Experiences of social care, personalisation, and co-production
19 December 2012
This set of briefings outlines the findings of the Budgets and Beyond project, which has been exploring people’s experiences of social care, and in particular, of two approaches known as personalisation, and co-production.
The briefings document people’s experiences of social care, actions that can be taken to develop co-production in social care, and further areas for research and practical work.
Social care is a sector in transition, and the stakes are high for all those who use social care services across England. The sector is being re-shaped by a new austerity, and has to adapt to cuts of £6 billion. The cuts are falling on local authorities, who already face rising demand for social care services due to the increasing age of the UK population, the lack of a secure funding settlement and the impact of the Welfare Reform Bill which is expected to increase people’s need for support.
Our findings show how people are experiencing the transition to personalisation, the growing climate of austerity, and the challenge of social care services that often treat people as passive recipients of services, trying to ‘do to’, rather than work with people. Too often, people who use social care feel they have no power over what support they get, or who supports them. Many people who are proposing creative ways of getting the outcomes that are important to them are finding their suggestions rejected by a system that – in general – still has a conventional view about what ‘care’ should look like. These are challenges which must be urgently addressed if we are to support people to improve their well-being with diminishing financial resources. There is a great risk that the cuts in funding will otherwise result in fewer and fewer of the same services, unable to meet the growing demand for support.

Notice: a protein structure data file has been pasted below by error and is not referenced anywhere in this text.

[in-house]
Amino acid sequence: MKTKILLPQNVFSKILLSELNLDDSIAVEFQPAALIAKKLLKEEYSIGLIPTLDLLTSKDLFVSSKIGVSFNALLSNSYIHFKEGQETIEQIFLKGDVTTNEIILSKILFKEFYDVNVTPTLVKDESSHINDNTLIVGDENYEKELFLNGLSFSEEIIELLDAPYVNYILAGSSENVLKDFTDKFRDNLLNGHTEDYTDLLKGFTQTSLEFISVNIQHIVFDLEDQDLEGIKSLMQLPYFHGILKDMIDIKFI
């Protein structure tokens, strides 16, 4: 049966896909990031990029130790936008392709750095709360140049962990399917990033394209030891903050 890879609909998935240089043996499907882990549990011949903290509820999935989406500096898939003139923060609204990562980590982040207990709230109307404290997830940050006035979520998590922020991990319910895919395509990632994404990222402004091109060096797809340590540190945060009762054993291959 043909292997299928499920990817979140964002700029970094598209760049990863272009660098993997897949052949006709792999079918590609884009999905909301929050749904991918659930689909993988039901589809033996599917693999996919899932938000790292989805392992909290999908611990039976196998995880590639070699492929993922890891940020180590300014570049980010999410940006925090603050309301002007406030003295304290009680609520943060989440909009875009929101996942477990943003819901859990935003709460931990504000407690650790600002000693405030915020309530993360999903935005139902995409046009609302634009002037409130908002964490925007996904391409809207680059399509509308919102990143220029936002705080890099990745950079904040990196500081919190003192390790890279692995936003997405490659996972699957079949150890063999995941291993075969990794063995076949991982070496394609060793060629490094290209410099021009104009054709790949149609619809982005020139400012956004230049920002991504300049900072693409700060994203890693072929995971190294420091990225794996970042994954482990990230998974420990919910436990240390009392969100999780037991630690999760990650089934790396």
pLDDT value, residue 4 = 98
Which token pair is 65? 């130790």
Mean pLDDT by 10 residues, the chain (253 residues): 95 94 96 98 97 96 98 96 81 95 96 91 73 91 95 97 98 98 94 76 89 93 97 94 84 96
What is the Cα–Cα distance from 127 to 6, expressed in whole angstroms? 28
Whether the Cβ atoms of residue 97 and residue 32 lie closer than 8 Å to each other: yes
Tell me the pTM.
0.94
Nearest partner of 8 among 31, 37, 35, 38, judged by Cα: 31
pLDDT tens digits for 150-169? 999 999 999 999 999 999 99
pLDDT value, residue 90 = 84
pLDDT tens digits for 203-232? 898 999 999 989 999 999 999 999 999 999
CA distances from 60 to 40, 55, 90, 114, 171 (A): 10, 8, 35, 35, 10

We have included a set of action points to show what can be done to introduce co-production into social care. Doing so would unleash another set of resources – the time, skill, experience, care and support that is used every day to provide informal care and support everywhere in our communities. Though co-production is not a substitute for professional support, it can be used to significantly expand the capacity of services and can create more effective services that draw on people’s own expertise about what support will work best for them. Briefing 2, Recommendations for developing co-production in Social Care outlines some of the practical steps that can be taken to develop the approach in practice.
These findings come at a time of transition for local authorities, and we hope they can provide a practical way for commissioners and providers to develop support where power is shared equally between people and professionals, relationships are valued and nurtured, and helping people to get the outcomes they want is the central focus.
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